Through tailored lecture, case study, and a practical final project, academic and professional leaders will help you gain insight into the science communications and media industry. This course assists students in developing the communication skills necessary for post-training and internship success in a science communications/media field and it provides an understanding of the scope of career opportunities within the science communications sector, focusing on the development, organization, and management issues specific to it. Through connections with alumni, faculty, and other practitioners from a variety of fields and organizations, as well as hands-on experience with the techniques and methodologies most useful on the job market, students will define their own professional goals, increase their awareness of industry terminology and theories, and hone expertise in the areas of: publishing, editing, workflow, ethics, trends, principles of effective scholarly/news writing, interviewing techniques, and media/website management.
Terms: Sum | Units: 1

CEE 377: Research Proposal Writing in Environmental Engineering and Science

For first- and second-year post-master's students preparing for thesis defense. Students develop progress reports and agency-style research proposals, and present a proposal in oral form. Prerequisite: consent of thesis adviser.
Terms: Aut, Win, Spr, Sum | Units: 1-3

COMM 177D: Specialized Writing and Reporting: Narrative Journalism (COMM 277D)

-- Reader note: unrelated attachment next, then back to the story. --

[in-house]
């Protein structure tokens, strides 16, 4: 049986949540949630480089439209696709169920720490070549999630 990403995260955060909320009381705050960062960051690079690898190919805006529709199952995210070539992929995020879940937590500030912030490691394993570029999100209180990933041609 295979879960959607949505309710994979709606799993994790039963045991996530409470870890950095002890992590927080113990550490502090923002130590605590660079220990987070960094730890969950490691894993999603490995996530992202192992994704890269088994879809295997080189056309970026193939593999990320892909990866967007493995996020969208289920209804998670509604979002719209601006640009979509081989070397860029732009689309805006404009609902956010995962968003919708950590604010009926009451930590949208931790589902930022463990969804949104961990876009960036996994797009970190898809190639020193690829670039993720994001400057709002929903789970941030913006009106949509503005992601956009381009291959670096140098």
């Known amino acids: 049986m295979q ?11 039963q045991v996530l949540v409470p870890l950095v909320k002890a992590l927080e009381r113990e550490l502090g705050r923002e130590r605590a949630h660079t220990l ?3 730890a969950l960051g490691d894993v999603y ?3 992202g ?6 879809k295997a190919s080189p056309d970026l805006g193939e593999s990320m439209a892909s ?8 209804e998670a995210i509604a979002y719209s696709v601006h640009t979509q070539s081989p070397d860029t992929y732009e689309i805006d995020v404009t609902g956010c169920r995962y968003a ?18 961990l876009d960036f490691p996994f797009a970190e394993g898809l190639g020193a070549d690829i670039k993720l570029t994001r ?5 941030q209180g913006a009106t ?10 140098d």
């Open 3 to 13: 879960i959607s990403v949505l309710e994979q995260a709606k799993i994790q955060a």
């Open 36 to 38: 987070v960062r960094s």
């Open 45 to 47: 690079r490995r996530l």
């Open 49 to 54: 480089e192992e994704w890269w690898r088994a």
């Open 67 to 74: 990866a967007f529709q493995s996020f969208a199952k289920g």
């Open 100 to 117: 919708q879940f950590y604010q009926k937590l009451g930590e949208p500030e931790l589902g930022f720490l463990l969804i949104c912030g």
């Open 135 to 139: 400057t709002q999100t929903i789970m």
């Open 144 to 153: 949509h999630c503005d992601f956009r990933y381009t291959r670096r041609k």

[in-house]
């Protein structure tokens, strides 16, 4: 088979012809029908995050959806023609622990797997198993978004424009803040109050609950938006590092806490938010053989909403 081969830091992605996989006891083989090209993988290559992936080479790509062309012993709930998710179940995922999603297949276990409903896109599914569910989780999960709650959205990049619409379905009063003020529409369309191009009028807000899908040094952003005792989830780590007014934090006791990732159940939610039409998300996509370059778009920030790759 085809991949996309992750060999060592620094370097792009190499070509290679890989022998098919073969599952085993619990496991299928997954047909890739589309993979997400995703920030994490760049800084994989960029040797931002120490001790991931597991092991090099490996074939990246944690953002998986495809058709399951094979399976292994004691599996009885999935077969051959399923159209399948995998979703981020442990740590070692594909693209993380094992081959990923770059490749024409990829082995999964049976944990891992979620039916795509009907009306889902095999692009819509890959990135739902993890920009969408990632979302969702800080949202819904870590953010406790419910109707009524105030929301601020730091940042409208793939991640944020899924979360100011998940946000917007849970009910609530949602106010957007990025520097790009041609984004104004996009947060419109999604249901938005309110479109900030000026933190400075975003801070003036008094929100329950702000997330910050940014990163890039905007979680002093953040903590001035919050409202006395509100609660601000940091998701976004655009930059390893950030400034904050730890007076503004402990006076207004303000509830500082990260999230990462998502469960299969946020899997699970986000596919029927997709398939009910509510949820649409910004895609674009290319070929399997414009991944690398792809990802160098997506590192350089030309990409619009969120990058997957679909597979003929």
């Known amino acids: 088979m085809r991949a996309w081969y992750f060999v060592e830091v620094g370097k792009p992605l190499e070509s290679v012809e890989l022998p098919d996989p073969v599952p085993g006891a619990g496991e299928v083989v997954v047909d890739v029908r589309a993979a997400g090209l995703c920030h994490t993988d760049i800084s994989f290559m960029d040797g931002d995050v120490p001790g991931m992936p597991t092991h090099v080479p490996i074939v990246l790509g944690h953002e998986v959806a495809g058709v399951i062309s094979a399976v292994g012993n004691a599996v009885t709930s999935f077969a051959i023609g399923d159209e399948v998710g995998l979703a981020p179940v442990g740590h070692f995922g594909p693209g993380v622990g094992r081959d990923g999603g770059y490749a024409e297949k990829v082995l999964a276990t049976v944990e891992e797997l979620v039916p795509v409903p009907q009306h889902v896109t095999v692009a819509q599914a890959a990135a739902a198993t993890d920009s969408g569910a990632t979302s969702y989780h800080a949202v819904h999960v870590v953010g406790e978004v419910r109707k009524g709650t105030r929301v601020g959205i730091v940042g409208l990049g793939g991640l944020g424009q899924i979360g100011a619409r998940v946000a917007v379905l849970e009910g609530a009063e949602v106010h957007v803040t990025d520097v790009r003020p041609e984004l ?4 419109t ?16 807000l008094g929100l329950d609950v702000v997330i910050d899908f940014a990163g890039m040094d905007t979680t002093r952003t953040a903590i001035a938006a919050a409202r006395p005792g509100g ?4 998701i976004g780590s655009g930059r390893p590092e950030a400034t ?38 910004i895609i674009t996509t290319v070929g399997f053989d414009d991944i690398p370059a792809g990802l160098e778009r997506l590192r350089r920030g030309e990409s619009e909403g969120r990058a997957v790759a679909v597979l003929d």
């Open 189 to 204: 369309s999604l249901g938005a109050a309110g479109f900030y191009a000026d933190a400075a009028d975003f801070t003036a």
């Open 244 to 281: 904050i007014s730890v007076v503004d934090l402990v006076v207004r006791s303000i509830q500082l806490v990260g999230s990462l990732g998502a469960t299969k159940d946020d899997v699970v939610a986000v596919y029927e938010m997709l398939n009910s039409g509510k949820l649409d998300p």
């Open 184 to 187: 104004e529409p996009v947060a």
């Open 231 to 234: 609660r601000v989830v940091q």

(Graduate students register for COMM 277D.) How to report, write, edit, and read long-form narrative nonfiction, whether for magazines, news sites or online venues. Tools and templates of story telling such as scenes, characters, dialogue, and narrative arc. How the best long-form narrative stories defy or subvert conventional wisdom and bring fresh light to the human experience through reporting, writing, and moral passion. Prerequisite: 104 or consent of instructor.
Terms: Spr | Units: 5 | UG Reqs: WAY-CE
Instructors: Brenner, R. (PI)

COMM 208: Media Processes and Effects (COMM 108)

(Graduate students register for COMM 208.) The process of communication theory construction including a survey of social science paradigms and major theories of communication. Recommended: 1 or PSYCH 1.
Terms: Aut | Units: 4
Instructors: Harari, G. (PI)

COMM 277C: Specialized Writing and Reporting: Health and Science Journalism (COMM 177C, EARTHSYS 177C, EARTHSYS 277C)

Practical, collaborative, writing-intensive advanced journalistic reporting and writing course in the specific practices and standards of health and science journalism. Science and journalism students learn how to identify and write engaging stories about medicine, global health, science, and related environmental issues; how to assess the quality and relevance of science news; how to cover the health and science beats effectively and efficiently; and how to build bridges between the worlds of journalism and science. Instructed Winter Quarter 2019 by Dr. Seema Yasmin,  http://www.seemayasmin.com. nnnLimited enrollment: preference to students enrolled in or considering the Earth Systems Master of Arts, Environmental Communication Program and the Graduate Journalism Program. Prerequisite:  EarthSys 191/291,  COMM 104w, or consent of instructor. Admission by application only, available from seema@yasminacademy.com . (Meets Earth Systems WIM requirement.)
Terms: Win | Units: 4
Instructors: Hayden, T. (PI)